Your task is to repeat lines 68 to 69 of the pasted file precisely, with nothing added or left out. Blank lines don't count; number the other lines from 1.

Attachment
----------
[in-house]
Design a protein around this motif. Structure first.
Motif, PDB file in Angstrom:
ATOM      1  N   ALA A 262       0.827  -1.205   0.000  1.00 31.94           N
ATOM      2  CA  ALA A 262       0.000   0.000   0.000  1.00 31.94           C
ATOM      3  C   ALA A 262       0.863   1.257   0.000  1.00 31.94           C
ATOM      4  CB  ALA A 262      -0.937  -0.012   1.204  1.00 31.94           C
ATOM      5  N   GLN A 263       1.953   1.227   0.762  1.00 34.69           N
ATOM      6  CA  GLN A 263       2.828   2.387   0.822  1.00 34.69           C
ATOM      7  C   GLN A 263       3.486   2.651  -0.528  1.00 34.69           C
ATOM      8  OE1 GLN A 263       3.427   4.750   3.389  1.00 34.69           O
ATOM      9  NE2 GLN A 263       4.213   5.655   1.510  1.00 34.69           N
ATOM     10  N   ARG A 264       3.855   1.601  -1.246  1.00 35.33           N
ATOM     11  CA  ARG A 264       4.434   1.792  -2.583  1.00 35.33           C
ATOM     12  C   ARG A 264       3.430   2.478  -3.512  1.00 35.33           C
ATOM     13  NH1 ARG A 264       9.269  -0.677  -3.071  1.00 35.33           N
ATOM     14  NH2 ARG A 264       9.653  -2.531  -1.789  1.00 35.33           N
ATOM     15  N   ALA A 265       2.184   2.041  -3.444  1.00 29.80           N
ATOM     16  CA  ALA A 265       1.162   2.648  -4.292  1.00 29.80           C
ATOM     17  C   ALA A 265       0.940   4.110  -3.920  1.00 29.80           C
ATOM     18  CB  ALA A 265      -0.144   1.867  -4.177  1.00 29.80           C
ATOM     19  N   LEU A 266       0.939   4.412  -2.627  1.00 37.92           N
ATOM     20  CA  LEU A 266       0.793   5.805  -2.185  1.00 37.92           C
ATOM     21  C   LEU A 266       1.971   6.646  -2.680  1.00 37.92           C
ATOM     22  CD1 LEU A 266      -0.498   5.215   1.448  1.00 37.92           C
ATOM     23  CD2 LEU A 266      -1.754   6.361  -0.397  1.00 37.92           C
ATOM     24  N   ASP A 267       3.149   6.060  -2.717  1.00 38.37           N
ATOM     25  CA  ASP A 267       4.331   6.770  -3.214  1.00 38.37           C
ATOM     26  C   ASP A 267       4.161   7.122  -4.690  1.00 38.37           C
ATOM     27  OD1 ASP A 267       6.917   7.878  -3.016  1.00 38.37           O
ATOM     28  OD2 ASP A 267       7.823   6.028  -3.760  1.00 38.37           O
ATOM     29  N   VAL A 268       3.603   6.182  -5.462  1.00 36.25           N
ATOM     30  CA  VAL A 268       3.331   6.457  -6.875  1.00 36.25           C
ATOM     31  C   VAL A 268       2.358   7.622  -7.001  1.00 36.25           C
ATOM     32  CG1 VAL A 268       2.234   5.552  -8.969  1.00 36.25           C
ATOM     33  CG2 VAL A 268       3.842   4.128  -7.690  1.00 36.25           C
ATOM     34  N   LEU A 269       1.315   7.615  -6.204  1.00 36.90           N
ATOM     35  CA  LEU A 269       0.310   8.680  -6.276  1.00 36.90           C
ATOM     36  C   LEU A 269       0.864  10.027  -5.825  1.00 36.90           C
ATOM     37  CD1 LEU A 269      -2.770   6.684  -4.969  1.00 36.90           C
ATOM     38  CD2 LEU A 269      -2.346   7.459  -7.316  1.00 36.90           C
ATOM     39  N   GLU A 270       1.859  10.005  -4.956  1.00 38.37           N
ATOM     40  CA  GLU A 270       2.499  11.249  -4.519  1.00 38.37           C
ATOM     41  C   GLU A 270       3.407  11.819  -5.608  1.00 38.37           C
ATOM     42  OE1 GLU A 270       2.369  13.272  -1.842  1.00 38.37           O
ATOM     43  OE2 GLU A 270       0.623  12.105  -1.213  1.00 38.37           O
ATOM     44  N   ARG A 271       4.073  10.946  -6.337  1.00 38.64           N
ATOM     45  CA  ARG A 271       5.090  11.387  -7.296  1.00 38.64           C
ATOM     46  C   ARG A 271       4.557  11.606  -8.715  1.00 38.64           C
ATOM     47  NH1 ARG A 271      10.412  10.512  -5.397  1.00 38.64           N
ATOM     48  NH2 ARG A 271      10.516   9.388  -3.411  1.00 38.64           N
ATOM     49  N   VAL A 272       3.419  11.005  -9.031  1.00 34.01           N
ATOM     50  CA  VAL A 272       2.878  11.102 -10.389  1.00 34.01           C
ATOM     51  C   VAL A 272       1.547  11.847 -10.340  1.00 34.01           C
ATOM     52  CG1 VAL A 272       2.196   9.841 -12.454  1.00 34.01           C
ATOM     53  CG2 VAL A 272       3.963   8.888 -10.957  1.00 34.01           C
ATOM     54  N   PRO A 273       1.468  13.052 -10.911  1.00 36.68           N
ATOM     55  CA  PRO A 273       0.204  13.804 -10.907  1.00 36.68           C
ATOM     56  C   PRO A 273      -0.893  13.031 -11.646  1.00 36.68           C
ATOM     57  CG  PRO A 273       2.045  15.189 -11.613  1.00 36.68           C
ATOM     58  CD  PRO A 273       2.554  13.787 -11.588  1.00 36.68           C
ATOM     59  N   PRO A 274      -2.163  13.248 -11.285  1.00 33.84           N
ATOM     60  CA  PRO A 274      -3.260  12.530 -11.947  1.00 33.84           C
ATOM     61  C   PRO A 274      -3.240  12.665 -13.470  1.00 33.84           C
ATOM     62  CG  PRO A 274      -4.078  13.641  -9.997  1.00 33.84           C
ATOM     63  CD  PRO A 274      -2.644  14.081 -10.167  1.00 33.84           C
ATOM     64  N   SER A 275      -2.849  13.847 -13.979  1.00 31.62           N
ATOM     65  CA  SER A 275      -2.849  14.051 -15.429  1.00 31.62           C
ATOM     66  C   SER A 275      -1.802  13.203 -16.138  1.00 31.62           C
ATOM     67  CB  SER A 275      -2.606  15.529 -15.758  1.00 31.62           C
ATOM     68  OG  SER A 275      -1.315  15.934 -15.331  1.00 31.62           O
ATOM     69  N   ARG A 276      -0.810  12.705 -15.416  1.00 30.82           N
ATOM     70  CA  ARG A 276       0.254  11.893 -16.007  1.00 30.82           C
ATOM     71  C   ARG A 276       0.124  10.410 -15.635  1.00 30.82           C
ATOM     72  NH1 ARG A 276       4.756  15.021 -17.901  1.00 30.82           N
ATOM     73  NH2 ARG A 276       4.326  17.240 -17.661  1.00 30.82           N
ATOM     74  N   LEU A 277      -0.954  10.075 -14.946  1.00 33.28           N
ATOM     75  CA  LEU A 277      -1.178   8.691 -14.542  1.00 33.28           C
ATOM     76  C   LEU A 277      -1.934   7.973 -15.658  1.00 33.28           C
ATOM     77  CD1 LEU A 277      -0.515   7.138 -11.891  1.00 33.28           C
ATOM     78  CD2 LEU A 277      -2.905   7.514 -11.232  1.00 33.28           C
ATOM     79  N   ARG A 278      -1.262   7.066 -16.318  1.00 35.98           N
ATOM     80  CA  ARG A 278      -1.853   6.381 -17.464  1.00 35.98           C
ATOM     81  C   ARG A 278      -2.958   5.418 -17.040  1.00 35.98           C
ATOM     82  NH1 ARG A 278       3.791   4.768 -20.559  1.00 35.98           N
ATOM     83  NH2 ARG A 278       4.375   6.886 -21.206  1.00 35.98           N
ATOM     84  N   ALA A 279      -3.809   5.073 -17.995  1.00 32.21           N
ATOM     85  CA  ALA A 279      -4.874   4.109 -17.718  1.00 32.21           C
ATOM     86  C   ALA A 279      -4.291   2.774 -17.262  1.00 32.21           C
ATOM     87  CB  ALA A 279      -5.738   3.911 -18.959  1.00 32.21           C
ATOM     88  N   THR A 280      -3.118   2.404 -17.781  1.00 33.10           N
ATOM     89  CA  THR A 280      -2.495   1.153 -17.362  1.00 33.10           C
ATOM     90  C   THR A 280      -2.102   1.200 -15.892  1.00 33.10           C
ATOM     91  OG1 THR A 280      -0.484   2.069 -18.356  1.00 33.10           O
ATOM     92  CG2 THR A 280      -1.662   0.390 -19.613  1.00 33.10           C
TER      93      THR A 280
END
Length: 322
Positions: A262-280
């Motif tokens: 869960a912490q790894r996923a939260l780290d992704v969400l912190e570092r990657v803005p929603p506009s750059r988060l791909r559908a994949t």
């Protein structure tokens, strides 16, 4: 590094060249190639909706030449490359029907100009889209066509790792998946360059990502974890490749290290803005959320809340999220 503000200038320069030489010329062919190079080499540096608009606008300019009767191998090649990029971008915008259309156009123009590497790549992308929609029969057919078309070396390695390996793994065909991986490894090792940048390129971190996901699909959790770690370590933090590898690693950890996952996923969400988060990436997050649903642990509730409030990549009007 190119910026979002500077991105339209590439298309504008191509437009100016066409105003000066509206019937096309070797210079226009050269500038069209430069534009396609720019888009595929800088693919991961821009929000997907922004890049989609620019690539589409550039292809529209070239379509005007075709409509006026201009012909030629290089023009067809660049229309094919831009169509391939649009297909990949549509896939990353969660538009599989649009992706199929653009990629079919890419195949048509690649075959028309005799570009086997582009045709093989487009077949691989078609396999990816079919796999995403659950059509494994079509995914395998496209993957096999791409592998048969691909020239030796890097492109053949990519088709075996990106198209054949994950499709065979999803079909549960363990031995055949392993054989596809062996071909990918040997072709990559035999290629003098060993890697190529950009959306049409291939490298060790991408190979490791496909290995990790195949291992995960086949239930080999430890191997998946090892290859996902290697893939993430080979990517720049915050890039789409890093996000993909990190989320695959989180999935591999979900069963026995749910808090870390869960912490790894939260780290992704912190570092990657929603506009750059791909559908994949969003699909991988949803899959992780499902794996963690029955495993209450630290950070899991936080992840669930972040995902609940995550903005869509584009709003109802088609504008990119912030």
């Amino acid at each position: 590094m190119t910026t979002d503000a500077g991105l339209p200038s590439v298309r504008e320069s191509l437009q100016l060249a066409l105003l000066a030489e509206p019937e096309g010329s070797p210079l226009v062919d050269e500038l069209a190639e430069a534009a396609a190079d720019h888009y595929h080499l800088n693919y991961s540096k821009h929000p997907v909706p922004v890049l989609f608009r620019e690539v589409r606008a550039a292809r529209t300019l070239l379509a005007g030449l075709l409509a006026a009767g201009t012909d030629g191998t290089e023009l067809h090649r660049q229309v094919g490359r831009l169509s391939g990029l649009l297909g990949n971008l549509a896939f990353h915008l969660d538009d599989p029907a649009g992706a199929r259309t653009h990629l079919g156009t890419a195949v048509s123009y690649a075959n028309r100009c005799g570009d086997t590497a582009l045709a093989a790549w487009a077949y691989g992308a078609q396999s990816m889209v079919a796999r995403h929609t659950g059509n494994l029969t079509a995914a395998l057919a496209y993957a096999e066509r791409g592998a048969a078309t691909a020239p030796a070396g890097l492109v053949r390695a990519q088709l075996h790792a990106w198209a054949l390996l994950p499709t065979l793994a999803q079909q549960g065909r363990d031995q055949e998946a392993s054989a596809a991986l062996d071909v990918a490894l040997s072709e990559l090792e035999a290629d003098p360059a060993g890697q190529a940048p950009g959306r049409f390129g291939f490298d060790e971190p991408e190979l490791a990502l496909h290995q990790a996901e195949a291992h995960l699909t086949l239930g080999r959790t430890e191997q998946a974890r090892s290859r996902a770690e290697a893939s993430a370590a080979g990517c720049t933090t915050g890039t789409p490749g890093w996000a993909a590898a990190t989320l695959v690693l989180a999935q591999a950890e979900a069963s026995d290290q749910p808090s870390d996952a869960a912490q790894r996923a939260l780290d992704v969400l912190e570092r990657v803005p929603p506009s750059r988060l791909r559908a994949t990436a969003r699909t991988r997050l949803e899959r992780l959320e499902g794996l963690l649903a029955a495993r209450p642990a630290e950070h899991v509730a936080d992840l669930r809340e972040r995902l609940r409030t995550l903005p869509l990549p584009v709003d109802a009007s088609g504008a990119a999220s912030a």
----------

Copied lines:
ATOM     65  CA  SER A 275      -2.849  14.051 -15.429  1.00 31.62           C
ATOM     66  C   SER A 275      -1.802  13.203 -16.138  1.00 31.62           C